Title: The Once and Future Queen
Written Howard Overman
Directed Jeremy Webb

Scene opens with a beautiful, dark castle by the sea, on a cliff edge. In the castle stands a king, staring down at a sword, shield, and armour helmet laid out in from of him. One of his guards enters with another man, who is asked by the king whether he is Myror, the most feared assassin. Myror answers affirmatively. The king asks if Myror is prepared to even kill royalty, to which Myror answers that if a bounty had been placed on the king’s head, he would have already been killed. A guard , as a test, attempts to attack Myror, but he is defeated swiftly. Satisfied, the king reveals what he wants with Myror- he wants him to kill the man who killed his son; and that man is Arthur Pendragon.

In Camelot, there is a practice jousting session taking place. Two knights charge at each other, lances raised, and one of the knights is de-horsed. The victor slows his horse and lifts his helmet, revealing himself to be Arthur. Merlin, who was watching the jousting practice, joins Arthur and makes a comment on the jousting looking painful ,to which Arthur in a haughty voice returns that it’s not a pillow fight. Merlin hands him a new lance and Arthur rides back to practice some more. As he rides towards his opponent, Arthur is blinded by the sunlight glinting off of the other knight’s armour, but instead of de-horsing Arthur, the knight pulls back and he and Arthur ride past. Angry, Arthur leaps off of his horse and berates the knight for holding back, and the knight retorts that he would not have if he had fought another opponent. Arthur realises that all his knights share this stance, and reprimands them for treating him differently in battle due to his status. His anger carries on as he and Merlin return to Arthur’s room, and it intensifies when Merlin suggests that he too sometimes alters his answers to please the Prince. When Merlin makes an off the cuff comment about not being able to change who he is, Arthur devises a plan to allow him to compete as a commoner in the approaching jousting tournament, eliminating the special treatment his knights are giving him. He enlists Merlin’s help.

Over dinner with his father, Arthur mentions reports of an animal in the woods, “Having the body of a lion, the wings of an eagle, and the face of a bear” (which amuses Merlin, who is serving both Arthur and Uther, immensely), and that he intends to ride out the next day to stop the beast. Uther does not seem pleased by this, arguing that Arthur will miss the tournament, but Arthur, knowing how to sway his father, states that the beast was conjured by magic, and that he must leave for the good of Camelot. Uther concedes and allows Arthur to ride out the next morning. Arthur rides out with some of his men, but leaves them and doubles back, ordering them not to mention that he is returning to Camelot. He meets Merlin on the outskirts of the town, and Merlin hands him some of his spare clothing and a cape, and they reenter the walls of Camelot together.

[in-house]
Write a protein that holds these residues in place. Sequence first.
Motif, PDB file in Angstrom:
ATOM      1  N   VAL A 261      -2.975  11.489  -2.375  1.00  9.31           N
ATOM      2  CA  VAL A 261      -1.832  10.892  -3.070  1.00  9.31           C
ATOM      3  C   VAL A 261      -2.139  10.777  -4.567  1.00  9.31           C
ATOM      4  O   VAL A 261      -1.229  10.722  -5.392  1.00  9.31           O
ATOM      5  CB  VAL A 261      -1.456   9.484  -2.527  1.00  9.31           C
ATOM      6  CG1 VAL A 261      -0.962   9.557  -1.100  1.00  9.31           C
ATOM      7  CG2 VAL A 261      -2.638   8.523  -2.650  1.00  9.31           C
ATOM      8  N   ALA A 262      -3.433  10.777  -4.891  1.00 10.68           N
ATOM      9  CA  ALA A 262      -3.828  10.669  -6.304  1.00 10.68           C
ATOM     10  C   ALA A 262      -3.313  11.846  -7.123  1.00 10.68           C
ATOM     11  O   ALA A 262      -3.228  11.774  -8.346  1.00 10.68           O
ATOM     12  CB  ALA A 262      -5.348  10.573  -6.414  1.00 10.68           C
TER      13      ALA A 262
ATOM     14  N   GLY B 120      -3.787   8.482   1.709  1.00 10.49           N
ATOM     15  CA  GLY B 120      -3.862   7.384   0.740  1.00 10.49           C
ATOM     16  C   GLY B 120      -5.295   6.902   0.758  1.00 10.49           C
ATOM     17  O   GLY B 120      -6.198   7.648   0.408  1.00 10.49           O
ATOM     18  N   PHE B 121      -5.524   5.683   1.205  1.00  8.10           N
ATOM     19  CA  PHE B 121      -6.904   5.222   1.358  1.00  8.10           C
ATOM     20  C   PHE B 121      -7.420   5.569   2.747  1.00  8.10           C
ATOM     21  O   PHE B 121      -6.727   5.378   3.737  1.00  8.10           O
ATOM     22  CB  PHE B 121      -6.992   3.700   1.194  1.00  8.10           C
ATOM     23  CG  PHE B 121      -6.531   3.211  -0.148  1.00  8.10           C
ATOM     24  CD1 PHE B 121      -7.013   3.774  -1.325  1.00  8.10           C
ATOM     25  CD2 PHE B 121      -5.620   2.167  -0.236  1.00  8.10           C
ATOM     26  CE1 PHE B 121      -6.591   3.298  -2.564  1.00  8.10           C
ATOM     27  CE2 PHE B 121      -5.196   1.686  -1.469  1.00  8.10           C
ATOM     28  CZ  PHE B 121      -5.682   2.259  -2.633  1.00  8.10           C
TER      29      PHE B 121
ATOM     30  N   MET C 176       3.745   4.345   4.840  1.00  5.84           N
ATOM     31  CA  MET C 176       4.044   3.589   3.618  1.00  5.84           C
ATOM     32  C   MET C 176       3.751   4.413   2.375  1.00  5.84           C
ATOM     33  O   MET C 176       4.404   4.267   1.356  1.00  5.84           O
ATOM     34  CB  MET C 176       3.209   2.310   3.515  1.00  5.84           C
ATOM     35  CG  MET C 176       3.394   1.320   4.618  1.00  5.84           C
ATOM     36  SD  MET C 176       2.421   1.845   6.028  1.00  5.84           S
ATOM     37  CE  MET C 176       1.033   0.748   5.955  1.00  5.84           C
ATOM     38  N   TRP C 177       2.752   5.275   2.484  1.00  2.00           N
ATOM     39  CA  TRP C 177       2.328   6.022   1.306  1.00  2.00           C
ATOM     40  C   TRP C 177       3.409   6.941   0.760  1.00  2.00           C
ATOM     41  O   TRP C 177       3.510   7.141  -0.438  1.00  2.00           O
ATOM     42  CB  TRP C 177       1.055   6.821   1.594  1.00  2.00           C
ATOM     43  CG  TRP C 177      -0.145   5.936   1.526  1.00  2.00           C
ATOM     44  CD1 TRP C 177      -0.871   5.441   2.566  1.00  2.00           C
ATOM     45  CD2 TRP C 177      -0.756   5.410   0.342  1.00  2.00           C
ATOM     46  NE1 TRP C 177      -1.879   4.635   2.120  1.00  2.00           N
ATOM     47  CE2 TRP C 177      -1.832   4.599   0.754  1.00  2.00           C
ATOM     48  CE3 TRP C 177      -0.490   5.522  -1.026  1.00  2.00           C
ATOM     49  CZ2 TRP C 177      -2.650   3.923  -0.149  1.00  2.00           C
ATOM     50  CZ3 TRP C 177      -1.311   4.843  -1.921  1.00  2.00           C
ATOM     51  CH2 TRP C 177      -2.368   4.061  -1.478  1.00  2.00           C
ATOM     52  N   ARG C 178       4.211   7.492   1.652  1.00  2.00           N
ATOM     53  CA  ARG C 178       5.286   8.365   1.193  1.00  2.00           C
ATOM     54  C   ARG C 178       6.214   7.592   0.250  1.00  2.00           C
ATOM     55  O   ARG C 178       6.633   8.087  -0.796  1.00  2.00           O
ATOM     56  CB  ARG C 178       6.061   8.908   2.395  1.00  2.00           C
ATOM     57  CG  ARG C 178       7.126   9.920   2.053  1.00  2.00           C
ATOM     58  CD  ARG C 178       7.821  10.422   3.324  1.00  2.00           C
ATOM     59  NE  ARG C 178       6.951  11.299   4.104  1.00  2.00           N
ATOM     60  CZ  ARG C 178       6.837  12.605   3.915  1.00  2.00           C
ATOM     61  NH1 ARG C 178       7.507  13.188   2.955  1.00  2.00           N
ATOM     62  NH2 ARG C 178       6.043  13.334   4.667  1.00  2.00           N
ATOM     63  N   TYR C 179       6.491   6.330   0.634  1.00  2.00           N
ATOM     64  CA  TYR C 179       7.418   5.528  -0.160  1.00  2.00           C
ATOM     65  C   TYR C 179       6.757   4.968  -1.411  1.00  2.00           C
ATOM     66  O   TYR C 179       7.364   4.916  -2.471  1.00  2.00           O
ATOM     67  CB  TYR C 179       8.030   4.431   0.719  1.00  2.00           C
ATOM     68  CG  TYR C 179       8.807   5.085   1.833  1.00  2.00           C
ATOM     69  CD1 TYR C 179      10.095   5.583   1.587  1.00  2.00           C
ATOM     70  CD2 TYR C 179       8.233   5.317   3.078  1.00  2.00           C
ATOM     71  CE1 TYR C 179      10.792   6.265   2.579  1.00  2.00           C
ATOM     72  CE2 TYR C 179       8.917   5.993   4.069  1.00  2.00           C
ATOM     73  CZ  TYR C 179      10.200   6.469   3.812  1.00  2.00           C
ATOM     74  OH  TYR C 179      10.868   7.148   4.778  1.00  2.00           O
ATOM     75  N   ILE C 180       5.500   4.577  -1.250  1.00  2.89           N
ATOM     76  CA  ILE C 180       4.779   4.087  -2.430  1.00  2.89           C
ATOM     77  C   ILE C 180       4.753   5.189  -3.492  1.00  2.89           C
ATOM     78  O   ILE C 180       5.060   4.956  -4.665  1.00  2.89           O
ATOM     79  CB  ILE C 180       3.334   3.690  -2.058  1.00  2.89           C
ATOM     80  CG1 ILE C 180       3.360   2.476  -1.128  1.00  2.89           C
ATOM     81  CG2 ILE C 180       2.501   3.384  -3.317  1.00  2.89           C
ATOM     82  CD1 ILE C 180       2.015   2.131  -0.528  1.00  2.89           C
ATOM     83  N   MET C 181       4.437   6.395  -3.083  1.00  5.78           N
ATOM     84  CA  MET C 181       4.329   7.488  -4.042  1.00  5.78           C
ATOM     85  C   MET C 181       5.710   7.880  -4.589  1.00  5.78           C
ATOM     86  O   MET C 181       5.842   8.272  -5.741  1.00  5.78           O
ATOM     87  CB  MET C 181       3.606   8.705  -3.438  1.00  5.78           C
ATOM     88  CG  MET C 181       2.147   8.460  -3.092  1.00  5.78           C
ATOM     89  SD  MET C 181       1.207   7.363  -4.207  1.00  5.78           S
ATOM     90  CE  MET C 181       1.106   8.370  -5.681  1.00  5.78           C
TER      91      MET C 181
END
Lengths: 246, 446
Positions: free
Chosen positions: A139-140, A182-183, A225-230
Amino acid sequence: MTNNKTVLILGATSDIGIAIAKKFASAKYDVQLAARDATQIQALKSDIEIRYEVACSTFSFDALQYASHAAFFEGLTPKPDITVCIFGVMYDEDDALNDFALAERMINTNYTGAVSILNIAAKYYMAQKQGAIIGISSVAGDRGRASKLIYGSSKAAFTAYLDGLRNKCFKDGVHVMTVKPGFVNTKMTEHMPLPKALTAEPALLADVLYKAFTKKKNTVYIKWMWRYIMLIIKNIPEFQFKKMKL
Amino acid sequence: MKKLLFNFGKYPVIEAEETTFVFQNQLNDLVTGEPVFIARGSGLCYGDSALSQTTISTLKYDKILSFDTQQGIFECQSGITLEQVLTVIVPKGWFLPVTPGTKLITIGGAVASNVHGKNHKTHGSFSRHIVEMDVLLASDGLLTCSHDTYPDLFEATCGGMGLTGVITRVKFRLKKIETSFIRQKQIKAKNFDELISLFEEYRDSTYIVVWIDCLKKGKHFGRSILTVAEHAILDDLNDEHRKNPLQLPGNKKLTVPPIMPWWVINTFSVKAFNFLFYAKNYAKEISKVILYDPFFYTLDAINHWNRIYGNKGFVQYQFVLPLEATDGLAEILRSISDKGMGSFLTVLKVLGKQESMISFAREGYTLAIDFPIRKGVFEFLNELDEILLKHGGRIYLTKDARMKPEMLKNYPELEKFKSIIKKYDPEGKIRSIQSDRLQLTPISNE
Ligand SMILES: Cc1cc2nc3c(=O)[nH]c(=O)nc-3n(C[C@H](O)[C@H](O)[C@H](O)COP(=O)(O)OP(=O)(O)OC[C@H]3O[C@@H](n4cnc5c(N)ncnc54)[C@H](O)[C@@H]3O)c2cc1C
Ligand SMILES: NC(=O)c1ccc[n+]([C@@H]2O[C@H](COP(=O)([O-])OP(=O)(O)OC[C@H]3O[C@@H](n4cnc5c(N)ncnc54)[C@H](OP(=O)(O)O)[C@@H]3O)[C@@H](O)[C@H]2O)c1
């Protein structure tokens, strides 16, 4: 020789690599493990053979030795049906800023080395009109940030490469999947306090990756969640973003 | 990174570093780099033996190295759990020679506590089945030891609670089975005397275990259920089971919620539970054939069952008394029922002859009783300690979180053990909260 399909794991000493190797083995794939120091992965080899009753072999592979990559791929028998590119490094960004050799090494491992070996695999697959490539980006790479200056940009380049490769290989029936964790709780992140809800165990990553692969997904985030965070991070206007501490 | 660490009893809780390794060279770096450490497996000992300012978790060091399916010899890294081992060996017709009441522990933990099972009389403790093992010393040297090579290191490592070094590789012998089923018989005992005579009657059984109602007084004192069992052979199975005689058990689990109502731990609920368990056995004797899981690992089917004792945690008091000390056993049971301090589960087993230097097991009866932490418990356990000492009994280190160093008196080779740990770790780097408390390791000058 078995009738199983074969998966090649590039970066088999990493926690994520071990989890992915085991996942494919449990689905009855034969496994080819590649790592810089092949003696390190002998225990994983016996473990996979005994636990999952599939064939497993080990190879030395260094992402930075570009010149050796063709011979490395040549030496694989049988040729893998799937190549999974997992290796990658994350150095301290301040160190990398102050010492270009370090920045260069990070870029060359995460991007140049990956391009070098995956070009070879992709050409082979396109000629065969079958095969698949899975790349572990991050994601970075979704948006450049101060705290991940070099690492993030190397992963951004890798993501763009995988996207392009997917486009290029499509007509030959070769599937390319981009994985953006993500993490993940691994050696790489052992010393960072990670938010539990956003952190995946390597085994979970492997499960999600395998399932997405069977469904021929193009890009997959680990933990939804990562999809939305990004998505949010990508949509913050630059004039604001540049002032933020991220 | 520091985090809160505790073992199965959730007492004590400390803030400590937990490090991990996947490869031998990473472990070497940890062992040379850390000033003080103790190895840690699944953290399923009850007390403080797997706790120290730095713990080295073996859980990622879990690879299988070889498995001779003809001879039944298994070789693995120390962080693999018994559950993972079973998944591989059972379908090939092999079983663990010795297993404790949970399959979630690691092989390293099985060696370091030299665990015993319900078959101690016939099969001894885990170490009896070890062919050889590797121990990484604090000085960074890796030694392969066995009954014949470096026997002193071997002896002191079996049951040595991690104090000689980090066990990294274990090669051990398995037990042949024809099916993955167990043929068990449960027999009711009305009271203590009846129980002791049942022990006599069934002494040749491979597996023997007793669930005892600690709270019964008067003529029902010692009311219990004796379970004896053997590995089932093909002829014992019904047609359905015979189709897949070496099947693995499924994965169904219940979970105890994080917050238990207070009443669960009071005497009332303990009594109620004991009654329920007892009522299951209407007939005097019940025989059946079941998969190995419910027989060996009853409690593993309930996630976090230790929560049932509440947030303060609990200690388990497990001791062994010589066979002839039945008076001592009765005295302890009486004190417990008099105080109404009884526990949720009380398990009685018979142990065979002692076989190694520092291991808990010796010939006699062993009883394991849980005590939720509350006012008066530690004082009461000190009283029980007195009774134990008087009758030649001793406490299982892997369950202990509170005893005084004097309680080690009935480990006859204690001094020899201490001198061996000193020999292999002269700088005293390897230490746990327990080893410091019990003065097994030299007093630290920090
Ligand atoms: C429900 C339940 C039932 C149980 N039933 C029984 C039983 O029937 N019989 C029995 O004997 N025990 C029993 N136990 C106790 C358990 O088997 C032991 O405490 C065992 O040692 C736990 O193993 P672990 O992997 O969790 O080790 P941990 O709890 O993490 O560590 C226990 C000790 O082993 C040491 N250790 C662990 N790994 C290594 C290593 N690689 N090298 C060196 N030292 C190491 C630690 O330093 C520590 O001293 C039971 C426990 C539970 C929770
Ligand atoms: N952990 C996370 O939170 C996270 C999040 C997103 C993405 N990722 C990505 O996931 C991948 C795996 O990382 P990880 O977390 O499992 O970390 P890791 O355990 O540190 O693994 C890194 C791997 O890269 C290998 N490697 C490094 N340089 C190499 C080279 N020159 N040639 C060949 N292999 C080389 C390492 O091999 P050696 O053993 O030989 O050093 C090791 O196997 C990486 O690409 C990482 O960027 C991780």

In the forest, Myror has the knights that Arthur took with him to go ‘hunting’ in sight, one leading Arthur’s horse behind him. Myror makes his way to Camelot to find the whereabouts of the prince. Uther is being informed of the fact that King Odin (the king at the beginning of this episode) has sent an assassin to kill Arthur, as he is mired in grief and loss. Uther states that Myror must not be allowed in to Camelot’s walls.

Merlin and Arthur (disguised by a long coat) make their way to Gwen’s house, where Merlin has organised Arthur to stay during the time of the tournament. Gwen (again under Merlin’s advisement) goes to make food for Arthur, as Arthur hisses to Merlin that he cannot expect Arthur to stay with Gwen. Merlin teases Arthur about not being able to be without his big bed and soft pillows, and Arthur stubbornly steels himself to stay. Arthur asks Merlin if he has found someone to play the knight that they need, and Merlin answers the affirmative and introduces a scruffy farmer from the outer villages. The plan is to let this farmer play “Sir William of Daira” – to show his face to the masses, and then swap with Arthur in the tent before the tournament, and Arthur will joust for him. Arthur, Merlin and Gwen spend the rest of the day trying to teach the farmer to act as a knight would.

Read the rest of the recap, and join in the discussion HERE

Adrian Lester as Myror

Okay, this was an episode that I had mixed feelings about. I loved the parallel of Gwen and Merlin, both servants in this retelling, both struggling with being servants, and yet having much greater destinies than the people around them realise. I also loved the fact that it is both Gwen and Merlin who are able to tell Arthur exactly how they are feeling, and what they think of his actions, whether or not he listens to them. I loved the confused look on Arthur’s face after the kiss. I even kind of loved the fact that Arthur was saying that he didn’t want any special treatment, but ACTING like he was entitled to it, even when Merlin and Gwen were very truthful with him. I also loved the scene with the three of them in the tent after the tournament. However -I feel this episode was kind of too soon in the season. Yes, Arthur has a lot of ‘growing up’ to do, but the Gwen /Arthur story seemed a bit out of the blue here. And Merlin was kind of relegated to the comic relief. What did you think of this episode?